The Way (2010) is about journeys, and it would short-cut would-be viewers’ experience of the film to say too much about the four main characters. To watch the film is to journey with Tom, Joost, Sarah and Jack along the Way of St. James (El camino de Santiago). Collectively, they have habits to break, breaks to heal, burdens to lighten. None expects a miracle, but there is among them a small, but palpable hopefulness. This weaves throughout and brings them closer together.
The Way it is not a documentary, but in writing the screenplay, Emilio Estevez adapts stories from Jack Hitt’s non-fiction Off the Road: A Modern-Day Walk Down the Pilgrim’s Route into Spain. Except for Tom, there is little exposition about the main characters. Knowledge about their lives before we meet them is limited, and divulged only at the pace of their walking. We grow to know them as they discover each other, and through each other themselves, as well as, ultimately, deeper reasons for their journey.
The film’s setting is a Christian pilgrimage route through France and Spain dating from the middle ages. However, none of the four main characters brings an explicit faith on their journey. The central character, Tom (Martin Sheen), begins his walk as a non-practicing Roman Catholic, and is clearly non-plussed by the enthusiastic orientation he gets from a devout French policeman. Or, as ‘Jack from Ireland’ (James Nesbitt) puts it, “The church has a lot to answer for where I’m from.”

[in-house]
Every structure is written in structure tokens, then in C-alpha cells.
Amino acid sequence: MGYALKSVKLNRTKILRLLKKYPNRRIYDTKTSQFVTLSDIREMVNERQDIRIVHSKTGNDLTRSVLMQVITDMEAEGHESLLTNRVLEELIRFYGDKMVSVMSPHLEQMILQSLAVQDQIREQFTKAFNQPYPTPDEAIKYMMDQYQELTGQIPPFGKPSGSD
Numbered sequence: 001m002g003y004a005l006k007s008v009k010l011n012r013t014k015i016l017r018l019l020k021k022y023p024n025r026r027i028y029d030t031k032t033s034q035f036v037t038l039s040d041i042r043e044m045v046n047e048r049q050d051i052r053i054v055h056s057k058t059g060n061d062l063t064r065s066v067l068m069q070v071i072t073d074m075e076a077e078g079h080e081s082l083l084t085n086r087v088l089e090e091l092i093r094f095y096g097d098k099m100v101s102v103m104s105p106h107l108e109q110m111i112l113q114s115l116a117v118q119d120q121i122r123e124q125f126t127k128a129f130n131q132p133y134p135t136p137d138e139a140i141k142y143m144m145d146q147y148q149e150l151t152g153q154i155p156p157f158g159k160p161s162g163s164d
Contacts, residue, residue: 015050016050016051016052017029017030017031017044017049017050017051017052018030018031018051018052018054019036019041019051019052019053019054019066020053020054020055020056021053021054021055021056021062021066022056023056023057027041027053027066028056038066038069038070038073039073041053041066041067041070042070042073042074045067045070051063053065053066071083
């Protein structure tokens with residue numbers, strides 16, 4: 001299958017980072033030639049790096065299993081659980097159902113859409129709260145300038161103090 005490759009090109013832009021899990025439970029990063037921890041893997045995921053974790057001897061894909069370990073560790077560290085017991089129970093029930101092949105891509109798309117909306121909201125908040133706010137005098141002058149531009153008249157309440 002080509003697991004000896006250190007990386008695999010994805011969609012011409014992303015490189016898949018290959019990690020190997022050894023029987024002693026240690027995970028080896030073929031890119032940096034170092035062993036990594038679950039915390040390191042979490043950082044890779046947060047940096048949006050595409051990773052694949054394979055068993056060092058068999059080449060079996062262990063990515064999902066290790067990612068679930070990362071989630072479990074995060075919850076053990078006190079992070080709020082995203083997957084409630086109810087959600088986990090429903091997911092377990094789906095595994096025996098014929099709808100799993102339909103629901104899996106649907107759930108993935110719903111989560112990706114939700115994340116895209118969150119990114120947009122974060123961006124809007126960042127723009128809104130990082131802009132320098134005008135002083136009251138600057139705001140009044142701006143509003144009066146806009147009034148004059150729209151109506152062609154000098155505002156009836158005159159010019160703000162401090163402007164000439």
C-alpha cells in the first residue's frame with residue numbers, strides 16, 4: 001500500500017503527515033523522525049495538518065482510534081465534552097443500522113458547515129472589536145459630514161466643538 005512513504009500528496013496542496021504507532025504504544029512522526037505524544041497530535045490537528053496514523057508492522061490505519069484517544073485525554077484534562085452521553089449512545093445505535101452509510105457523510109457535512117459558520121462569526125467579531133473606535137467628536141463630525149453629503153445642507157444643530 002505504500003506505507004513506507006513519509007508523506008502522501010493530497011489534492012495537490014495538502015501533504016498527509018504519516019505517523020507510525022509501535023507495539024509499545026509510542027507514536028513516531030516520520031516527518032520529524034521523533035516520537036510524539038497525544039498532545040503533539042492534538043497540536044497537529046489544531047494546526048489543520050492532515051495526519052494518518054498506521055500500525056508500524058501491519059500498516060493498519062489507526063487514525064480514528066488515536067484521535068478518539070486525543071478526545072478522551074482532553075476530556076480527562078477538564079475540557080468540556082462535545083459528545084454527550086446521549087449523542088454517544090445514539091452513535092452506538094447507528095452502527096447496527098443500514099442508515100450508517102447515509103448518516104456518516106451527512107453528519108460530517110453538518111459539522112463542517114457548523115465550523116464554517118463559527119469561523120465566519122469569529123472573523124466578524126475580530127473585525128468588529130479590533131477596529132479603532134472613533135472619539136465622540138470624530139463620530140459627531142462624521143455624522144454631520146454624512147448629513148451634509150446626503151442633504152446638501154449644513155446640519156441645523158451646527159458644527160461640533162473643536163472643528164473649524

Although explicitly religious rituals are not foregrounded in The Way, shared meals and drink definitely are. Food and drink are central to the many scenes of hospitality. Hoteliers offer basic accommodations for a modest fee, and a wide range of pilgrims share meals (sometimes elaborate), as well as encouragement and support (including but not limited to a rosary and some sleeping pills). In various settlements along the camino, meals and conversations are well provisioned with wine. Not only does wine-fueled talk animate some scenes, but it also triggers a turning point for the group of four, as they shift from mere fellow-travelers towards becoming friends. As they walk and grow together, Tom, Joost, Sarah and Jack come across as wonderfully regular people. None claims a grandiose purpose for their walking the camino. They are merely and deeply human: by turns cranky and generous, curious and doubtful, excited and weary. They are, on the one hand, battered and broken, struggling under the burdens of their lives, losses, and limitations. And, on the other hand, they are committed,persistent, and longing to be more whole. In all, it makes for each of them a buen camino.